Kuwait is set to hold parliamentary elections for the third time in 18 months, as a boycott by the opposition movement undermines public interest in the campaign. The vote on July 27 will go ahead after the country’s constitutional court this week rejected an attempt to postpone it. Kuwait’s opposition won the first of last year’s two elections in February, then refused to take part in the second in December, objecting to changes in voting rules that sparked the country’s most violent street protests. The movement, a mix of Sunni Islamists, liberals and youth groups inspired by the Arab Spring uprisings, has called for Kuwait’s rulers to share more powers with elected politicians. It says changes to voting rules ordered last year by Emir Sheikh Sabah Al-Ahmed Al-Sabah were aimed at reducing its chances of winning and making it easier for candidates to buy votes. The emir said they would bolster the democratic process and safeguard unity in Kuwait, OPEC’s third-biggest oil producer.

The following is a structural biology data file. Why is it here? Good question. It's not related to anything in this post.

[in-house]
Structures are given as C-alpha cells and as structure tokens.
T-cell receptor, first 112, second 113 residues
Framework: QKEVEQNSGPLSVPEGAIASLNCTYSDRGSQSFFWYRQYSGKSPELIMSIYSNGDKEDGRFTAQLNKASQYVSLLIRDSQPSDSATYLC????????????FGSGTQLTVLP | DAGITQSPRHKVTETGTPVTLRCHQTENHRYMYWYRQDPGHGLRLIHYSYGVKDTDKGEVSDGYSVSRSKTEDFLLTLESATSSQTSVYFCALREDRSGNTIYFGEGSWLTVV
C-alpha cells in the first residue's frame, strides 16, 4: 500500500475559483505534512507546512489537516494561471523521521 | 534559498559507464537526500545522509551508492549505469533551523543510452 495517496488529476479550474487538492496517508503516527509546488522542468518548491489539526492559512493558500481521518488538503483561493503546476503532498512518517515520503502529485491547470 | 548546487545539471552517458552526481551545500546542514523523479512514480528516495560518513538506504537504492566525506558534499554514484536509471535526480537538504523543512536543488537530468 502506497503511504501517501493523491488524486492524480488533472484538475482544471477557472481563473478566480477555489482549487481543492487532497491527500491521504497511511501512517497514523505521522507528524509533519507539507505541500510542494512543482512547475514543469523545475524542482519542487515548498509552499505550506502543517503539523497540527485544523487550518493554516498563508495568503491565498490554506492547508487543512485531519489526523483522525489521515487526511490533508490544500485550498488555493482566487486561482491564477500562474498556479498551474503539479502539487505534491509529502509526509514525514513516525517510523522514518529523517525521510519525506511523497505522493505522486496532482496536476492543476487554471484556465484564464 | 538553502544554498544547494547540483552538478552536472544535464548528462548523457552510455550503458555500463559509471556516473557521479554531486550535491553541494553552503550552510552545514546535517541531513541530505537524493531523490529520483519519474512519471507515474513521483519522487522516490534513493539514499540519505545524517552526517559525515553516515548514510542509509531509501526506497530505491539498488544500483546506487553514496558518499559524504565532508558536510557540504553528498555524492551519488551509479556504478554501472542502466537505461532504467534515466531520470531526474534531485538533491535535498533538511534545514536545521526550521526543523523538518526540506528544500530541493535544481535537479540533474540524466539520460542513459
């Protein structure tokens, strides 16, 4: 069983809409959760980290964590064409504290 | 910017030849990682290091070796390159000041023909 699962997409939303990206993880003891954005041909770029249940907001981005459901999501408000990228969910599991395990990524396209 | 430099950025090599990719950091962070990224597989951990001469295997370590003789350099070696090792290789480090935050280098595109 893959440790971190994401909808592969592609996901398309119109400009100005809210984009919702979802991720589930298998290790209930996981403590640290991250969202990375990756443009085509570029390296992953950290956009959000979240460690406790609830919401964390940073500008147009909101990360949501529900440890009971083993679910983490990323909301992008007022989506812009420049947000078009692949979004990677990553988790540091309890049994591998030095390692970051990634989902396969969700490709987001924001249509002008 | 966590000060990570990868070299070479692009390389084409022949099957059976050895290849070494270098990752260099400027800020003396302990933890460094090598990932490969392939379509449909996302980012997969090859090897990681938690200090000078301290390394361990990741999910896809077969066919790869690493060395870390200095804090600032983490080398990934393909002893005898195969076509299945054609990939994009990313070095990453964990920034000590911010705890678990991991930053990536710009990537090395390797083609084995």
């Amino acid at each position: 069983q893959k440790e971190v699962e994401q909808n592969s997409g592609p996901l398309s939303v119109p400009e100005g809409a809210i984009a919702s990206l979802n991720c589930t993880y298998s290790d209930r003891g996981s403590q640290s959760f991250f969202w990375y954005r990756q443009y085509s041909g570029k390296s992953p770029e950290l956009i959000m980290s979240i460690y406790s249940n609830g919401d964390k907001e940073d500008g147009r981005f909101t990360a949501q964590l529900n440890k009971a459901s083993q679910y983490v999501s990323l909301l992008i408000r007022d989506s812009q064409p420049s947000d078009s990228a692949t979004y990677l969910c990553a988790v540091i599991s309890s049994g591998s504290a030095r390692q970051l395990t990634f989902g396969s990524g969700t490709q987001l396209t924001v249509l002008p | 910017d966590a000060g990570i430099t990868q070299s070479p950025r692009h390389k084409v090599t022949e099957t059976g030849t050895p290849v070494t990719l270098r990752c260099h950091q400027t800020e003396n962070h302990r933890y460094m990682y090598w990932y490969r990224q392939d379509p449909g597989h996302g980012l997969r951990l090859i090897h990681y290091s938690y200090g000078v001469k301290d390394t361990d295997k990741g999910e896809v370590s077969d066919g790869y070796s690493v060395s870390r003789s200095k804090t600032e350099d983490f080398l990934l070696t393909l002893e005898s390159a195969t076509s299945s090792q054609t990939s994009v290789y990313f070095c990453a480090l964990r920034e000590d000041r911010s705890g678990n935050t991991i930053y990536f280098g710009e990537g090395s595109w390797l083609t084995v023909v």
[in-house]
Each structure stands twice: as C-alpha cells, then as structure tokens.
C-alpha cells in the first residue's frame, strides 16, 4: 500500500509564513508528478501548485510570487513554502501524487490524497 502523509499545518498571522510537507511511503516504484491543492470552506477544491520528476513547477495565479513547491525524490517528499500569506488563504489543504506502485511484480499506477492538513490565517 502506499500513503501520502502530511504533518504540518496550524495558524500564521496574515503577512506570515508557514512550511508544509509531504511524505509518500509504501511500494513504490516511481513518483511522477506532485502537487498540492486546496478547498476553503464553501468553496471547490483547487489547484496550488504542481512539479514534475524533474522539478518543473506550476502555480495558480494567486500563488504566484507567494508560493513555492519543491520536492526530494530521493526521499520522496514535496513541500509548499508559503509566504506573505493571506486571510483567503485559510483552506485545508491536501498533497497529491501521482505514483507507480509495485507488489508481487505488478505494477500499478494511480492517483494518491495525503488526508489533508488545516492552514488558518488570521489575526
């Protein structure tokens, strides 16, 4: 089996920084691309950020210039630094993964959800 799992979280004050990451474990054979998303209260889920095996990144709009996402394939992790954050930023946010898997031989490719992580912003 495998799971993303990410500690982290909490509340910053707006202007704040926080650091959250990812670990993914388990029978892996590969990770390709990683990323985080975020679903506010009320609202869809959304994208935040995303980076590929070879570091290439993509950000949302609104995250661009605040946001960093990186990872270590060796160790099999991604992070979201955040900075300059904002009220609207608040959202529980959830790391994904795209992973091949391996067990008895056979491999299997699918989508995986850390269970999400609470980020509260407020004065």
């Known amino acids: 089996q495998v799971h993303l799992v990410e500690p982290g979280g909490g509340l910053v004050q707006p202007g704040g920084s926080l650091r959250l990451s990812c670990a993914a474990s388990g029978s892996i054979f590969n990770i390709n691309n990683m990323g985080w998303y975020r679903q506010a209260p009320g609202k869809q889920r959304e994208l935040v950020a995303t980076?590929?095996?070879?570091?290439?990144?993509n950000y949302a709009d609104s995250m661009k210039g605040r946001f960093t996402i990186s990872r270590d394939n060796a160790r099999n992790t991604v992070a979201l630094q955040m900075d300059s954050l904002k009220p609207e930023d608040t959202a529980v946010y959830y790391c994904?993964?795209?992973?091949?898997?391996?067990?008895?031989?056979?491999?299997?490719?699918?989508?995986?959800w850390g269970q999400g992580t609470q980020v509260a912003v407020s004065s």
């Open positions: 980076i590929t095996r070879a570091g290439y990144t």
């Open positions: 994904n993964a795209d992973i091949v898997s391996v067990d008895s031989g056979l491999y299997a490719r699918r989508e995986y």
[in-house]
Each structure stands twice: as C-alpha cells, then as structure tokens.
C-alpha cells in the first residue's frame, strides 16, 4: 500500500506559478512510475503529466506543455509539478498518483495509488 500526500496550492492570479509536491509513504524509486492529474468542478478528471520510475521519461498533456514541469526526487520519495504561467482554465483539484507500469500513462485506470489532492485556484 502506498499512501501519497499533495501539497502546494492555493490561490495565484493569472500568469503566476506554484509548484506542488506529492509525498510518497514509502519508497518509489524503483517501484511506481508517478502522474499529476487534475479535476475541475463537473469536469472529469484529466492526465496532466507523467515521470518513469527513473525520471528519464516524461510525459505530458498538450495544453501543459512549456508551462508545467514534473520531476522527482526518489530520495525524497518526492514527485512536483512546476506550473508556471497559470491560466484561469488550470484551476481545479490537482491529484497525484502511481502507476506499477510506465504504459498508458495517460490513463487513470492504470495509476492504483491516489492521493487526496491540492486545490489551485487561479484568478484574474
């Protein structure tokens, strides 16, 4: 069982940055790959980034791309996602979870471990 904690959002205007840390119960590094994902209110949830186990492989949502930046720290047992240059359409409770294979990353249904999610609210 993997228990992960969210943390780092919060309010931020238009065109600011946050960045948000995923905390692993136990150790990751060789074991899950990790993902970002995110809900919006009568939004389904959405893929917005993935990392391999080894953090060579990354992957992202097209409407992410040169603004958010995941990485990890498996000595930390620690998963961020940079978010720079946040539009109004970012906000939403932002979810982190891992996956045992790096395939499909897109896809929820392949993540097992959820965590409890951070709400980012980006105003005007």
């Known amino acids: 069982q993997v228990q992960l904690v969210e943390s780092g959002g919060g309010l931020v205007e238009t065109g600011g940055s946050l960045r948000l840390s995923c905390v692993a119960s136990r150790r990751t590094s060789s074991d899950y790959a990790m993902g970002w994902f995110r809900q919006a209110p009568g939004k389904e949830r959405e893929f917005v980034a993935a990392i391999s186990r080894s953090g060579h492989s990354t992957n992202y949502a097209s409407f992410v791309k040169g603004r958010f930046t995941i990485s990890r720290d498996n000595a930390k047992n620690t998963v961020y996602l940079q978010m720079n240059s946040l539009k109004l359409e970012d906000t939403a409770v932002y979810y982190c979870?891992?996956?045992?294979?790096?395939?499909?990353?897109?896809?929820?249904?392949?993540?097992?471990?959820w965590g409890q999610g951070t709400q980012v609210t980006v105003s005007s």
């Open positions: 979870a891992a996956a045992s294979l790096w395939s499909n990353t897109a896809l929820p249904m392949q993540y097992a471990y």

“This is an election without any soul,” Shafeeq Ghabra, a political science professor at Kuwait University, said by phone. “People have lost interest in overall results and mechanisms, and are realizing that not much will come of it.” The result will be “a fragmented set of individuals with no coherent political program.”
The election was ordered by the Constitutional Court last month, when it dissolved the assembly and upheld the emir’s decree on voting procedures. About 440,000 Kuwaitis are eligible to elect 50 lawmakers. In December, the boycott led to a turnout of 40 percent, down from as much as 90 percent in 1981.